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Ranaan Review: How Did The Eagles Youth Perform?

MIAMI GARDENS, FL - DECEMBER 11:   Kurt Coleman #42 of the Philadelphia Eagles looks on during a game against the Miami Dolphins at Sun Life Stadium on December 11, 2011 in Miami Gardens, Florida.  (Photo by Mike Ehrmann/Getty Images)
MIAMI GARDENS, FL - DECEMBER 11: Kurt Coleman #42 of the Philadelphia Eagles looks on during a game against the Miami Dolphins at Sun Life Stadium on December 11, 2011 in Miami Gardens, Florida. (Photo by Mike Ehrmann/Getty Images)
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This year, veteran Eagles beat writer and current Comcast sports NFL columnist Jordan Raanan will be joining us every week with a review of the previous Sunday's Eagles game. This week he offers his notes and thoughts on the Eagles win over Miami.

Back in October, the Eagles beat the Redskins and Cowboys in consecutive weeks. It qualifies as their only winning streak of the season to date.

So when the idea of making the playoffs is floated, it seems woefully unrealistically. In addition to receiving significant help from the Redskins or Bucs, the Eagles would have to roll off three more wins, four straight to finish the season.

There's been very little evidence the first 14 weeks that they can accomplish such a feat. Sure there were some nice signs in Sunday's win over Miami - like the dominant performance by the defensive front four - but realistically the remaining three games appear to be more of an audition for 2012 than for a playoff spot.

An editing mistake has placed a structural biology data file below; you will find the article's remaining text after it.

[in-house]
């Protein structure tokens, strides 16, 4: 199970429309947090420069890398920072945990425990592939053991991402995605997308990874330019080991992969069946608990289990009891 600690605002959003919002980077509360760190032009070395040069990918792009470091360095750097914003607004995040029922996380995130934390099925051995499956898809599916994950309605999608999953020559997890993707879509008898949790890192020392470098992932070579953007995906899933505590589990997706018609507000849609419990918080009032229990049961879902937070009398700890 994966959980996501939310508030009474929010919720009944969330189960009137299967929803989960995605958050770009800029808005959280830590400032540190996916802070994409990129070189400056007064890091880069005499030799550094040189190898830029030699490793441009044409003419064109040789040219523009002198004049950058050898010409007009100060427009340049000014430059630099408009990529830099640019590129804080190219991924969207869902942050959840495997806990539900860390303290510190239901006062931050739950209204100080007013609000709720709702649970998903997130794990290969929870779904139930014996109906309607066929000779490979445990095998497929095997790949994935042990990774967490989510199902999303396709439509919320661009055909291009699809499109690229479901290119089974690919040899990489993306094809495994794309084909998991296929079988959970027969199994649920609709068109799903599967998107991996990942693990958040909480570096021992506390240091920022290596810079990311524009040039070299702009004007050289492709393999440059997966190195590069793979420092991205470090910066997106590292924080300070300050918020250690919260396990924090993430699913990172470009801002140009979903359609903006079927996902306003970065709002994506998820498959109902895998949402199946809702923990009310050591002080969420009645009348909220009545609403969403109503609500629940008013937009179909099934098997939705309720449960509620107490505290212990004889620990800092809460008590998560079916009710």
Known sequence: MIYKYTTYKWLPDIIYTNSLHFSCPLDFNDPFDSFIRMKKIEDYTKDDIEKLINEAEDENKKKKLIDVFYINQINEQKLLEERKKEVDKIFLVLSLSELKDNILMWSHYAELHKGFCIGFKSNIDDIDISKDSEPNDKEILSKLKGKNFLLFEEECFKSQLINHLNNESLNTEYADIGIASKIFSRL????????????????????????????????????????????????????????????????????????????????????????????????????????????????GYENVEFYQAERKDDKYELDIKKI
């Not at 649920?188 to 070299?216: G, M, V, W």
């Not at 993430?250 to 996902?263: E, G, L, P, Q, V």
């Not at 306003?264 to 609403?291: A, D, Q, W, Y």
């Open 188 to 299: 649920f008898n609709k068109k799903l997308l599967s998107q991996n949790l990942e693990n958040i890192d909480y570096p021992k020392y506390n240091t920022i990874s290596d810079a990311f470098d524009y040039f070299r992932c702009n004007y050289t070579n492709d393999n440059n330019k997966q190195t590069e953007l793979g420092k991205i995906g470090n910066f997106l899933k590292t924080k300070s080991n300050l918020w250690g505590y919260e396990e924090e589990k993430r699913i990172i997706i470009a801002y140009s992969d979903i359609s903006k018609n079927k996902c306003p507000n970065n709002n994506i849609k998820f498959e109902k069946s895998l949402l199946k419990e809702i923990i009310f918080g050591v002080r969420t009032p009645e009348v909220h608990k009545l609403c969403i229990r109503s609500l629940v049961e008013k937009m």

Already, beginning with Miami, the Eagles began incorporating some of their younger players into the playing time mix. How did they perform in the 26-10 victory in Miami?

Casey Matthews

The rookie linebacker returned to the lineup in passing (nickel and dime) situations for the first time since he was benched following a Week 3 loss to the Giants. And since the Dolphins were trailing most of the game, Matthews logged 47 snaps (including plays with penalties). The highlight of his afternoon was a nicely timed first-half sack on a third-down play. But, mostly, it was more of the same as we saw earlier in the year. Matthews was pushed around badly on running plays in the second half, unable to get off any blocks and make plays as Miami averaged 4.0 yards-per-carry in the second half. He wasn't much better in pass coverage either. Matthews was responsible for a pair of first-down catches by Dolphins tight end Anthony Fasano, including one on third-and-long. He was also lucky J.P. Losman overthrew Fasano for a touchdown in the second half when Matthews was badly beat. Overall, Matthews again looked unsure where to go, what holes to plug. More concerning, however, was his seeming lack of instinct. He overrun a number of plays and just doesn't seem comfortable on the field right now.

Keenan Clayton

Matthews wasn't the only young linebacker given a chance to show what he could do against the Dolphins. Clayton received 30 snaps (20 in the second half) and put together a promising performance, especially in pass coverage. Even the one catch he allowed to Fasano, his coverage was excellent. It took a perfect throw and catch to beat the former Oklahoma safety. Clayton even came down with an interception out of bounds early in the second half, showing good ball skills for a linebacker. The only downside was his inability to get off blocks consistently when the Dolphins ran on the Eagles' nickel formation in the second half. Overall, though, Clayton showed promise. In fact, it's hard to imagine how he didn't fit into their nickel package earlier given the linebackers' struggles in coverage and his skill set.